of a deficit of $90,000 which had accumulated in recent years, the enlarge-
ment of the Faculty, an increase in salaries, and the setting aside of a
small surplus to meet future needs.

A programme of conservative but steady advancement in educational
policy was inaugurated at the first Faculty meeting over which President
Shanklin presided, by the appointment of a special committee on the
improvement of scholarship. Within the next few years the requirements
for promotion and graduation were raised to a higher standard by the
adoption of a number of recommendations from this committee.

The normal development of the University was interrupted by the
conditions which grew out of the Great War. Shortly after its outbreak



much interest in military matters began to be manifested. In 1915
several alumni and students attended the summer training camp in
Plattsburg, N. Y. In 1916 a still larger number were in attendance. A
Reserve Officers' Training Corps was authorized in 1916, and established
shortly before the declaration of war in April, 1917. The Faculty had
already voted to put the facilities and equipment of the University at
the disposal of the National Government, and to adjust generously the
credits for uncompleted courses in the case of students entering the
national service. The response of both alumni and students to the call
of the nation was prompt and general. In the spring of 1918 a broad
"scheme was adopted for the fuller adaptation of the curriculum to the
requirements of the Reserve Officers' Training Corps, and this scheme
was readily adjusted to the plan prepared in the ensuing summer by the
War Department for the establishment of the Student Army Training
Corps. President Shanklin had a part in the preparation of this plan
as a member of the Committee of Seven representing the Emergency
Council on Education, comprising all the institutions of higher education
in the country.

In October, 1918, the entire undergraduate body, with the exception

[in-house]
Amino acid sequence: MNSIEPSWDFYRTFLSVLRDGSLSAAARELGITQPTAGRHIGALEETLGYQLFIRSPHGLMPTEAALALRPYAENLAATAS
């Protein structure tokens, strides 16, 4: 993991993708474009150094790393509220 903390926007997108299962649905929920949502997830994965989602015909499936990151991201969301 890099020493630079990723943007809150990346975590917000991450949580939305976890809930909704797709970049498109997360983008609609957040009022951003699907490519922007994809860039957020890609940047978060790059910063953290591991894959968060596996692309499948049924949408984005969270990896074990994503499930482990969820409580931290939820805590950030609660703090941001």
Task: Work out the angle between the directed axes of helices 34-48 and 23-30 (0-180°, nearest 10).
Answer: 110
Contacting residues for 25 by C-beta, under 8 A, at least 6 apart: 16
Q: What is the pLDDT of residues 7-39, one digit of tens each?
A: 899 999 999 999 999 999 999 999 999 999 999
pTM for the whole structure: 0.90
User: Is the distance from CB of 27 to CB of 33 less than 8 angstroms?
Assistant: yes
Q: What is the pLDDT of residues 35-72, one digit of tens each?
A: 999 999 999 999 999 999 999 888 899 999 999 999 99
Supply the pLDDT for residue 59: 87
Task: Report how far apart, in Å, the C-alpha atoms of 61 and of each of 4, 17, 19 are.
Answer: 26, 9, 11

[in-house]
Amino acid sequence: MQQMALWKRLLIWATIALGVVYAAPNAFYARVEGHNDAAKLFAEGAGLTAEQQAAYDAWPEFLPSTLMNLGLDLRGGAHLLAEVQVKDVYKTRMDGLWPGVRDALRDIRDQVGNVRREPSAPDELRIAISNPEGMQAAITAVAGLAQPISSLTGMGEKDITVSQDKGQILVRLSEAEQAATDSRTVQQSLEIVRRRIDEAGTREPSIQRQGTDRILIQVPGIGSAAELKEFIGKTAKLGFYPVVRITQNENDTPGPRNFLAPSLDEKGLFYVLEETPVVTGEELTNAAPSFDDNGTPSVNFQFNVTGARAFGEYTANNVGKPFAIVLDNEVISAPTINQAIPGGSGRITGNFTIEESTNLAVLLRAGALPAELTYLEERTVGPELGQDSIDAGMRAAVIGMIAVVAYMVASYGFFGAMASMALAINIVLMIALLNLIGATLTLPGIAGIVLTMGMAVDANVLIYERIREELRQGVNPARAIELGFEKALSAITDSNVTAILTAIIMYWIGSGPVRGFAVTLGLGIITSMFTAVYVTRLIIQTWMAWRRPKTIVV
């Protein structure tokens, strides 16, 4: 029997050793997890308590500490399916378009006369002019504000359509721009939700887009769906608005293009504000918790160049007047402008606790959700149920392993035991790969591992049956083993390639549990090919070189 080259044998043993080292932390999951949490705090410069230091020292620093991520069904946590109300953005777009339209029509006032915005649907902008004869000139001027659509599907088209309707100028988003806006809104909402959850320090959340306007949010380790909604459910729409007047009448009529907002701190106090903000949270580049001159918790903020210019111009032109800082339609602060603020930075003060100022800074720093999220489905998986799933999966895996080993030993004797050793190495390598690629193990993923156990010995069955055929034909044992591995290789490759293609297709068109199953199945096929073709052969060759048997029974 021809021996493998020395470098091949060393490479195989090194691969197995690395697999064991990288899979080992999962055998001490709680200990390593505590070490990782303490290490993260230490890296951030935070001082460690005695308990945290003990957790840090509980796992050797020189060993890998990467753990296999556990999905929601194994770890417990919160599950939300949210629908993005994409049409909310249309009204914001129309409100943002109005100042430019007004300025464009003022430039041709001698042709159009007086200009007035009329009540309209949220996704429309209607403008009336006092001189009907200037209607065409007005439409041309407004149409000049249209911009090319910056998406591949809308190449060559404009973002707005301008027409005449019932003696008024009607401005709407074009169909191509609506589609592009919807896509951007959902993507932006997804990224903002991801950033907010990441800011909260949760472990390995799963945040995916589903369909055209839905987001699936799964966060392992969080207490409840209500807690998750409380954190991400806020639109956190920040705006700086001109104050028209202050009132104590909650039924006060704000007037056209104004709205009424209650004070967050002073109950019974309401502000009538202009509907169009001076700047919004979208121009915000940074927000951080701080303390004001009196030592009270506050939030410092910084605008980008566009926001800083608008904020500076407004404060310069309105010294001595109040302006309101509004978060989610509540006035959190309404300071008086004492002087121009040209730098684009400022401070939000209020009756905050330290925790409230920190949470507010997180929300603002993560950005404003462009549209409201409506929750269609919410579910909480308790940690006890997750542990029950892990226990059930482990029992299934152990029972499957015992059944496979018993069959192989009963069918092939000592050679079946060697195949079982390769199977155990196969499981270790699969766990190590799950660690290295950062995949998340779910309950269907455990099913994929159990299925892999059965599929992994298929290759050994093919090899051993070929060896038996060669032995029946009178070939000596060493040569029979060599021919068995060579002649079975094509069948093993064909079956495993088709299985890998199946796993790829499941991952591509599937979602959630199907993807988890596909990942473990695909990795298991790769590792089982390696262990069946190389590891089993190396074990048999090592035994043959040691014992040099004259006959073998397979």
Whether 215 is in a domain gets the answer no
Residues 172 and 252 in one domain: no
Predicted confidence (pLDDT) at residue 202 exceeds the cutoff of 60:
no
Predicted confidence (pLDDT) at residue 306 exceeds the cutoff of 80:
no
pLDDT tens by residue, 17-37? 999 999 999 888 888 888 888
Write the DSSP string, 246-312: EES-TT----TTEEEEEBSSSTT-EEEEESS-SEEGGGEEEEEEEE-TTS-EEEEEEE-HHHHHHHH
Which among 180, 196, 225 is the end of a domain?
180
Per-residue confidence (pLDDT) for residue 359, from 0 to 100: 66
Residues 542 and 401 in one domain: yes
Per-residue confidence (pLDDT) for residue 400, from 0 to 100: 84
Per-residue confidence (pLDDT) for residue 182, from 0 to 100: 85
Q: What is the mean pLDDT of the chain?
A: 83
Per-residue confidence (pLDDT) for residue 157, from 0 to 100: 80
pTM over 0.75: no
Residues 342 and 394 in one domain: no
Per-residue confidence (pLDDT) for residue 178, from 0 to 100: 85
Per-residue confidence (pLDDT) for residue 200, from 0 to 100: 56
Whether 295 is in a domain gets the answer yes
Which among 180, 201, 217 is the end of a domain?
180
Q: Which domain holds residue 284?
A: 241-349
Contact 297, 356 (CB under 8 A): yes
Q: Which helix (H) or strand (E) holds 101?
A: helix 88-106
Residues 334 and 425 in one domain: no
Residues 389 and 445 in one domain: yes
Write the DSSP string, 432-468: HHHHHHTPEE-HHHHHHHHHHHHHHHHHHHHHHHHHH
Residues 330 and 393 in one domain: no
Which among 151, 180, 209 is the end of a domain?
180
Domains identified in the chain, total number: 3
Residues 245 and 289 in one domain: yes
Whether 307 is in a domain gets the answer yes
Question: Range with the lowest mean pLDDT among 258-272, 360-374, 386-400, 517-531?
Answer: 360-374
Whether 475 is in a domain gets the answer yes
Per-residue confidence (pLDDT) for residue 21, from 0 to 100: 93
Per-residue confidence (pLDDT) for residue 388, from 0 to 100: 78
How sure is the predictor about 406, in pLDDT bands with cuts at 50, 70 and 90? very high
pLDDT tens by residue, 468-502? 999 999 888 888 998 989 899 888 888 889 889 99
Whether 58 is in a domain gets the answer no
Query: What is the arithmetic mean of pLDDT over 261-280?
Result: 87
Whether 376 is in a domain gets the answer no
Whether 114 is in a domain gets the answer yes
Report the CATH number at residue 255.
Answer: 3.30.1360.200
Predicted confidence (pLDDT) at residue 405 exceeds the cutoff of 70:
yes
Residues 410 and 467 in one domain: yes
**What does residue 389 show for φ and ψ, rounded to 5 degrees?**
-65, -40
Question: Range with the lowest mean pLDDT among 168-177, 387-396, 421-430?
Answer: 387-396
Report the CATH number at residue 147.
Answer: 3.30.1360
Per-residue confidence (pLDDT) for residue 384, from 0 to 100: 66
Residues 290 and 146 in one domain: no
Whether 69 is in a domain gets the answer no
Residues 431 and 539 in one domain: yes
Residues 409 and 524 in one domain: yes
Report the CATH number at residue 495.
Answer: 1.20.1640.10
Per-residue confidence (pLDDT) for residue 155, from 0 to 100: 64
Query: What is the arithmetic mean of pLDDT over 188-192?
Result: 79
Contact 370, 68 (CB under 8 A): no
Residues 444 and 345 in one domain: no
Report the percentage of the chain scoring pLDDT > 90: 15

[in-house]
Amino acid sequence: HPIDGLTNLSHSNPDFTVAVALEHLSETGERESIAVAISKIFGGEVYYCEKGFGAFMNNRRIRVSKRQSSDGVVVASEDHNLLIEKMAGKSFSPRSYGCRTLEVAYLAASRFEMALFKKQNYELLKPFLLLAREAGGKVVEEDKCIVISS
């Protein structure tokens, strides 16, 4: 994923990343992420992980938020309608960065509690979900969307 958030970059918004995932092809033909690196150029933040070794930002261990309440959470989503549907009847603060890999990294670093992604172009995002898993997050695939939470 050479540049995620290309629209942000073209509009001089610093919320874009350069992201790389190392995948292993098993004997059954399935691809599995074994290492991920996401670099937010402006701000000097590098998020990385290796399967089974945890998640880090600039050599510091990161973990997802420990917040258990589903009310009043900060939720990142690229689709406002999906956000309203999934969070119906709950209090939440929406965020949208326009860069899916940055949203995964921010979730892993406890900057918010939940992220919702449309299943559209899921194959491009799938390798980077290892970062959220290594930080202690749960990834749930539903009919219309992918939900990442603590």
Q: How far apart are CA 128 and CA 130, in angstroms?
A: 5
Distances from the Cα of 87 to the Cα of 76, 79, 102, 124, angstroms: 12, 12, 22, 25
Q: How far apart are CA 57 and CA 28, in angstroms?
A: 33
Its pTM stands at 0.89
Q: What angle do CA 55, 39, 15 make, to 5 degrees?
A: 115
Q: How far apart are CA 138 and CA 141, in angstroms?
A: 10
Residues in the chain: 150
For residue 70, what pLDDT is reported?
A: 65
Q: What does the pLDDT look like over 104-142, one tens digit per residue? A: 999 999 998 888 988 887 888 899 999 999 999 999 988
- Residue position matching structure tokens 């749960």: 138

of a few students exempted from military duty, was inducted with
impressive ceremony into the service of the Government, and Major
Philip G. Wrightson, U. S. A., assumed command. The difficulties of
the trying period that followed were very much mitigated by the helpful
spirit of cooperation shown by the Commandant, his staff, and the
Faculty. Several members of the Faculty were engaged in important
research work for the Government; Dean Nicolson became Assistant
District Supervisor of the New England District of the Student Army
Training Corps, and practically every member of the instructing staff
was assigned unfamiliar duties. The University became for the time
being a military post ; but in few institutions did the anomalous arrange-
ment work as smoothly and as successfully as at Wesleyan. In
November came the armistice ; the undergraduates were mustered out of
service, and the administration of the University returned to an academic
basis. At the Victory Commencement in June, 1919, Wesleyan fittingly
commemorated the devotion of her sons, especially of the twenty-seven
who gave their lives in the cause of freedom and justice.

Immediately after the armistice, liberal arrangements were announced
by means of which students who had left college to enter the national
service were enabled to complete their work for graduation, an oppor-
tunity of which a gratifyingly large number availed themselves. This
seemed to the Faculty also an appropriate time for a thorough revision
of the curriculum, of scholarship regulations, and of requirements for
admission, and a Committee on Academic Policy was therefore constituted
to study these problems. Though no radical changes were introduced,
the adoption of numerous amendments suggested by the experience of
recent years and the systematic correlation of all provisions relating to
instruction and scholarship resulted in marked improvement in the desired



In view of the gradual advancement in standards, the increase in the
size of the student body from less than three hundred men in 1909 to